Seven & I seeks more suppliers for fast expanding own brand lines

Jan 15

Sales of Seven & I private brands already exceed ¥700 billion a year. The company is now expanding the number of lines dual branded with major manufacturers, ranging from apparel to food and across its empire from convenience stores to Sogo Seibu. This seems like a win-win situation, giving Seven & I access to well-established manufacturer brand names, while suppliers from Japan and overseas get their products sold in large quantities in one of the biggest retailers in the country.

As of February 2013, Seven & I Holdings had private brand sales of ¥670 billion from 2,400 SKUs. It racked up another ¥402 billion in 1HFY2014, aiming to beat ¥800 billion for the year, and then more than ¥1 trillion in FY2015. This strategy links directly to both its convenience stores and its ambitions to build an omnichannel retail empire across categories as diverse as apparel and home fashion.

Products like Kin no Shokupan (Gold bread) and Seven Cafe coffee are selling in the hundreds of millions of units, and  Seven & I is keen to add more proven, high quality brands that can provide some differentiation.

Seven & I chooses to call private brands ‘retailer-managed merchandise’ or RMMs to get around the growing stigma of private brands replacing manufacture alternatives. The growth of RMMs is tough on major existing brands, but a fantastic opportunity for those looking to break into the market. A recent example is the launch of New Zealand’s Charlie’s brand from Better Drinks in an exclusive one year deal with Seven Eleven. In this way Seven Eleven is now turning to suppliers of particularly successful brands to produce new lines that complement what is available independently.

Seven & I keeps the suppliers’ names on the packaging of all its RMMs, or if not a brand, at least the provenance. This is the case whether it is for beer such as its deals with Kirin and Sapporo, or clothing such as the Limited Edition brand where the brand of fabric or, say, Italian manufacture is prominent.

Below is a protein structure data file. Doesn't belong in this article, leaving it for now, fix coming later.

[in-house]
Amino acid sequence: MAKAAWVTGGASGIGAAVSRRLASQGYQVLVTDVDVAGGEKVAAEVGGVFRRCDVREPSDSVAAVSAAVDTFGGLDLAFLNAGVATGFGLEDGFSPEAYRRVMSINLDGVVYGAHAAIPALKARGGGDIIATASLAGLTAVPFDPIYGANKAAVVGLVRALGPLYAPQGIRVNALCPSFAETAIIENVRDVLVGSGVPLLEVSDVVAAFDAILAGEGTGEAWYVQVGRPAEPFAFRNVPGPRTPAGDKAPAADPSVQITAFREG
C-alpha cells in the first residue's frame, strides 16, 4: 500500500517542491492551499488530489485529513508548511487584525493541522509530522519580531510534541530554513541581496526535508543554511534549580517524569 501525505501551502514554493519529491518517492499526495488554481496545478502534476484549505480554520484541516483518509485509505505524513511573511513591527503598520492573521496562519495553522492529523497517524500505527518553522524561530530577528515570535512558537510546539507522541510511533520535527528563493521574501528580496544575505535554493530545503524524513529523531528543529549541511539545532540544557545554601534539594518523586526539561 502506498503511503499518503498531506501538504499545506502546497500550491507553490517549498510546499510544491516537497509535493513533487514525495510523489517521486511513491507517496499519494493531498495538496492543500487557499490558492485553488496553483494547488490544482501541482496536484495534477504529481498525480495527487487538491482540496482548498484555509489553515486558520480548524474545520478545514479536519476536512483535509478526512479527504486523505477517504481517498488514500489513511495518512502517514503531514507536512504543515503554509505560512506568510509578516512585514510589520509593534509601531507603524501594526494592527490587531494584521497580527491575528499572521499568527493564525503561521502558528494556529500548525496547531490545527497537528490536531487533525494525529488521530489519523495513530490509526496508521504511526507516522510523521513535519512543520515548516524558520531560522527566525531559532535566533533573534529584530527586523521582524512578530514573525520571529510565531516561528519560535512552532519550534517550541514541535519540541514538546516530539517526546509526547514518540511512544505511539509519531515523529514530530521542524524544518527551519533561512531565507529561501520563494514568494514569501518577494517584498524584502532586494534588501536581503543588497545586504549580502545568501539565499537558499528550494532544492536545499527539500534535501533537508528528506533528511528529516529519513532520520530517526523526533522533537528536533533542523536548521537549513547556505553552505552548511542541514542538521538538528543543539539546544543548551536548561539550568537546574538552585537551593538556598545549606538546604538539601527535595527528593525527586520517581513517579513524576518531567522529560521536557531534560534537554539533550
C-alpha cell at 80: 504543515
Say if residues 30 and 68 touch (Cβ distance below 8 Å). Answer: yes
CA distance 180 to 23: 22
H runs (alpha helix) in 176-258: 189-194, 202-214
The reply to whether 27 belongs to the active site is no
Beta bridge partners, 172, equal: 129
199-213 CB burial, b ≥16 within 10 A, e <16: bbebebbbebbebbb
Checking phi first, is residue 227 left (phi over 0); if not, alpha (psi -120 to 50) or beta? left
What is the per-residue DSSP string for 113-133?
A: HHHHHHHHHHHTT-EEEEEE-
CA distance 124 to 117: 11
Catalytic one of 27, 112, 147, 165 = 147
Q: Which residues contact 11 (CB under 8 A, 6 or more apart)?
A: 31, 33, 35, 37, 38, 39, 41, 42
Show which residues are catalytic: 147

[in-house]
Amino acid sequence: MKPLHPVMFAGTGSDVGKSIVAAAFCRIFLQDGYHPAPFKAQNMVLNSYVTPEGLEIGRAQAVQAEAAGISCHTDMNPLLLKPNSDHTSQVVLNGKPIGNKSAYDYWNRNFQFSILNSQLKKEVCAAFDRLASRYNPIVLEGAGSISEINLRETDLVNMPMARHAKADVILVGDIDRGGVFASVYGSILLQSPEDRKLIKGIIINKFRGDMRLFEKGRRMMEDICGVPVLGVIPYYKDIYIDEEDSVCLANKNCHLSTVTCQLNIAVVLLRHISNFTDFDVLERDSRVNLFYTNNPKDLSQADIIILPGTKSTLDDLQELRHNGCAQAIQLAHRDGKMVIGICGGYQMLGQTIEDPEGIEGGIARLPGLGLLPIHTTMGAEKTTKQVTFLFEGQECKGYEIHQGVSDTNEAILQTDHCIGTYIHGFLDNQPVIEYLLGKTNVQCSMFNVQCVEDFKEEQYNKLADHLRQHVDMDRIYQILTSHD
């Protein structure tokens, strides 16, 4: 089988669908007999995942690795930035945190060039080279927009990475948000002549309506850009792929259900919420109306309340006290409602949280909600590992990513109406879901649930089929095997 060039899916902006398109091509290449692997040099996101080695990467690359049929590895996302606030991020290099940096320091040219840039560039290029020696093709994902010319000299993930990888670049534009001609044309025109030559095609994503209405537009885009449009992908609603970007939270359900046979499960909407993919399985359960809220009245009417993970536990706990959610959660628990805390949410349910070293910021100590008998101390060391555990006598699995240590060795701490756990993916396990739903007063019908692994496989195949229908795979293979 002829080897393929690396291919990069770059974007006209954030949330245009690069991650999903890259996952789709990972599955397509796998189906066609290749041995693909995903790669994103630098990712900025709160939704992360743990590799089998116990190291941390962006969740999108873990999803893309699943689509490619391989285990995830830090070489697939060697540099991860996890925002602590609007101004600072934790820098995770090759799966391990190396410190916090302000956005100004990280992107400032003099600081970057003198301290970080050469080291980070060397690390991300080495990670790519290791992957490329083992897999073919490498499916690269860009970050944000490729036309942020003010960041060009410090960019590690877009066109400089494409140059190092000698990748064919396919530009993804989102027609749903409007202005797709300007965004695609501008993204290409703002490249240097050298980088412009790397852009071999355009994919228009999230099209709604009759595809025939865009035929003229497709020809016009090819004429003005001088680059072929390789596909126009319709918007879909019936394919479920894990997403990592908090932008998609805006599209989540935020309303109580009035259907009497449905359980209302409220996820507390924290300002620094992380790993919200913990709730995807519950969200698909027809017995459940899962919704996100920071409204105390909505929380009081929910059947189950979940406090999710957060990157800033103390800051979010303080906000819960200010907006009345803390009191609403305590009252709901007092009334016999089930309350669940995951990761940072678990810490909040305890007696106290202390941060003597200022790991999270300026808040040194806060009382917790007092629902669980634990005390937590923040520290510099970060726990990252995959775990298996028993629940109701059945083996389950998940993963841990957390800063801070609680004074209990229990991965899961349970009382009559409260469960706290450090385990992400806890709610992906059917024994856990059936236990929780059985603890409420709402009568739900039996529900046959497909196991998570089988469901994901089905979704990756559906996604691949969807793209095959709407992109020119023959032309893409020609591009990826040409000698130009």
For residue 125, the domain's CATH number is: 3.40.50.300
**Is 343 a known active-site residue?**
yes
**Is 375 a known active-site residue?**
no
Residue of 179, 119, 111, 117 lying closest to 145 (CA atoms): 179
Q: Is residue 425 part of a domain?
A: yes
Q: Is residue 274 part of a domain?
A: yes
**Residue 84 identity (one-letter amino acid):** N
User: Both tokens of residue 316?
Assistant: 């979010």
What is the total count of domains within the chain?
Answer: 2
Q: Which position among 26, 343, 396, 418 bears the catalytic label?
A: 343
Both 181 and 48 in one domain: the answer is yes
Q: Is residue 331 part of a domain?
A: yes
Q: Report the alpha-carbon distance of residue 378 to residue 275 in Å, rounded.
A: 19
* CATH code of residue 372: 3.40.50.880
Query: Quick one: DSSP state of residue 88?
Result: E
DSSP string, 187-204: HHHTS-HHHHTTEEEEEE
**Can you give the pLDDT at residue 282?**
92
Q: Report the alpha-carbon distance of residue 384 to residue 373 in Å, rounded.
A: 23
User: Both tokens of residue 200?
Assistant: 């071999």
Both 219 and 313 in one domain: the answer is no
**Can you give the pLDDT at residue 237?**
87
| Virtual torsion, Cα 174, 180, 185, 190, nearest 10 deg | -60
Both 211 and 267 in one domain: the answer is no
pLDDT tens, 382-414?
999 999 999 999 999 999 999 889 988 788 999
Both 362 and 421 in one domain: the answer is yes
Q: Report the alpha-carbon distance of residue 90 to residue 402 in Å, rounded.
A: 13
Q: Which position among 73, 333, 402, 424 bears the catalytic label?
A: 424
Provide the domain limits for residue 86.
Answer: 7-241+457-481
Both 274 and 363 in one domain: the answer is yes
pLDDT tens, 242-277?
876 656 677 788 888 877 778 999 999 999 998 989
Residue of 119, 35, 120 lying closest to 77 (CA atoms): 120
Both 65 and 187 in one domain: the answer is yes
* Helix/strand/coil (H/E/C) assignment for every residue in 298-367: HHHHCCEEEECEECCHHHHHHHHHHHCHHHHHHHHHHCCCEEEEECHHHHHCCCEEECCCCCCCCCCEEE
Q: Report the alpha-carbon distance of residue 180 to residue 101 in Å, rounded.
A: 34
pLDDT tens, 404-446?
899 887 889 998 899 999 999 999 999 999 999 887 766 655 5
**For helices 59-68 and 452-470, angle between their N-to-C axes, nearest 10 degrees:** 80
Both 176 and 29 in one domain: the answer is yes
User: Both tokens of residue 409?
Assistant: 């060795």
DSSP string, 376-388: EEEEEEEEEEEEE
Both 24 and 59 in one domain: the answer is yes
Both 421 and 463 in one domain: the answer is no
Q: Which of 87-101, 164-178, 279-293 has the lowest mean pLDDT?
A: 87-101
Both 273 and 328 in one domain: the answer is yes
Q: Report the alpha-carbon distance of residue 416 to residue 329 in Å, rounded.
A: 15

The value to the customer of adding the original manufacturer’s label is more about brand reassurance than any special recipe or unique fabric. Seven & I is able to leverage the equity of major brand names or European design and quality, while suppliers are assured sales in large volumes. Seven & I is more than willing to look to overseas manufacturers for exclusive ranges, notably those it can sell at a premium due to some significant USP.

Major domestic manufacturers see the switch to dual branding as a necessary, but unfortunate development. For medium sized firms, as well as those not yet in Japan, the opportunity is far greater. As has been the case for manufacturers supplying private brands in other markets, there is the chance to establish a significant long-term business here.

Of course, while Japanese retailing is rapidly consolidating into the hands of just a few major players, it remains a highly competitive market. Even though Seven & I and Aeon have considerable, growing channel power, there are many alternatives, and success with one of the major players can often open doors elsewhere too. For overseas firms looking to break into the market or expand, now may be the perfect time.

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